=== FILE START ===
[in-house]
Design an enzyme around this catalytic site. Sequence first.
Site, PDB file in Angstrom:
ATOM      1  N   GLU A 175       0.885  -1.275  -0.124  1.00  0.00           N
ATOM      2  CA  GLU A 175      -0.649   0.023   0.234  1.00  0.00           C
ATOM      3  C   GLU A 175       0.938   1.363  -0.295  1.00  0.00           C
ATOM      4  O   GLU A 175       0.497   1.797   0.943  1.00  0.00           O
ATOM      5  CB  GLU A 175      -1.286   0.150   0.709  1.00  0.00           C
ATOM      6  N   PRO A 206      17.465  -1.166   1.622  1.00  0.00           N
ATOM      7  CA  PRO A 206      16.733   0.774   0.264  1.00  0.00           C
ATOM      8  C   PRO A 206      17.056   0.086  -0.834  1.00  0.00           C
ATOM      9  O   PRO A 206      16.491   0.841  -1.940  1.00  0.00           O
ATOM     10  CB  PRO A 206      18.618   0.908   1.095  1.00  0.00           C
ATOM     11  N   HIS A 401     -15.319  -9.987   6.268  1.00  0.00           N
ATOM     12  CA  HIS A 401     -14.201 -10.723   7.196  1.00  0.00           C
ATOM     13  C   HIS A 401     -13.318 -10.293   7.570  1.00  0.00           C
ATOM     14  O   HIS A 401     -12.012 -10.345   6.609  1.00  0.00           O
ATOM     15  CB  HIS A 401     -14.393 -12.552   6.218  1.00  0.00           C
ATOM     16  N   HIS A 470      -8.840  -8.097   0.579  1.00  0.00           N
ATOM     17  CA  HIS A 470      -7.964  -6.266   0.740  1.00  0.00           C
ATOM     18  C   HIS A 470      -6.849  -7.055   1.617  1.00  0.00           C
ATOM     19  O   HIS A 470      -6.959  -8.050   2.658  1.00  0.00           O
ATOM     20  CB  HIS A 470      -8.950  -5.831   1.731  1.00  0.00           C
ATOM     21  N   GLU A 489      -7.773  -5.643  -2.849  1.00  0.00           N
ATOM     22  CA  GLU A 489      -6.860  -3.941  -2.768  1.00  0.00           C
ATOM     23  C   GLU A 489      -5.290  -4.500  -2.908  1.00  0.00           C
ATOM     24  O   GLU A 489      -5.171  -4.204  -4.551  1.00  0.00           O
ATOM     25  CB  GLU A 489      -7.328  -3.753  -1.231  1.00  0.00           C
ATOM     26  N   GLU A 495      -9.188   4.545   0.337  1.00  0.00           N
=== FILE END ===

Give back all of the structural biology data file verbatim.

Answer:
[in-house]
Design an enzyme around this catalytic site. Sequence first.
Site, PDB file in Angstrom:
ATOM      1  N   GLU A 175       0.885  -1.275  -0.124  1.00  0.00           N
ATOM      2  CA  GLU A 175      -0.649   0.023   0.234  1.00  0.00           C
ATOM      3  C   GLU A 175       0.938   1.363  -0.295  1.00  0.00           C
ATOM      4  O   GLU A 175       0.497   1.797   0.943  1.00  0.00           O
ATOM      5  CB  GLU A 175      -1.286   0.150   0.709  1.00  0.00           C
ATOM      6  N   PRO A 206      17.465  -1.166   1.622  1.00  0.00           N
ATOM      7  CA  PRO A 206      16.733   0.774   0.264  1.00  0.00           C
ATOM      8  C   PRO A 206      17.056   0.086  -0.834  1.00  0.00           C
ATOM      9  O   PRO A 206      16.491   0.841  -1.940  1.00  0.00           O
ATOM     10  CB  PRO A 206      18.618   0.908   1.095  1.00  0.00           C
ATOM     11  N   HIS A 401     -15.319  -9.987   6.268  1.00  0.00           N
ATOM     12  CA  HIS A 401     -14.201 -10.723   7.196  1.00  0.00           C
ATOM     13  C   HIS A 401     -13.318 -10.293   7.570  1.00  0.00           C
ATOM     14  O   HIS A 401     -12.012 -10.345   6.609  1.00  0.00           O
ATOM     15  CB  HIS A 401     -14.393 -12.552   6.218  1.00  0.00           C
ATOM     16  N   HIS A 470      -8.840  -8.097   0.579  1.00  0.00           N
ATOM     17  CA  HIS A 470      -7.964  -6.266   0.740  1.00  0.00           C
ATOM     18  C   HIS A 470      -6.849  -7.055   1.617  1.00  0.00           C
ATOM     19  O   HIS A 470      -6.959  -8.050   2.658  1.00  0.00           O
ATOM     20  CB  HIS A 470      -8.950  -5.831   1.731  1.00  0.00           C
ATOM     21  N   GLU A 489      -7.773  -5.643  -2.849  1.00  0.00           N
ATOM     22  CA  GLU A 489      -6.860  -3.941  -2.768  1.00  0.00           C
ATOM     23  C   GLU A 489      -5.290  -4.500  -2.908  1.00  0.00           C
ATOM     24  O   GLU A 489      -5.171  -4.204  -4.551  1.00  0.00           O
ATOM     25  CB  GLU A 489      -7.328  -3.753  -1.231  1.00  0.00           C
ATOM     26  N   GLU A 495      -9.188   4.545   0.337  1.00  0.00           N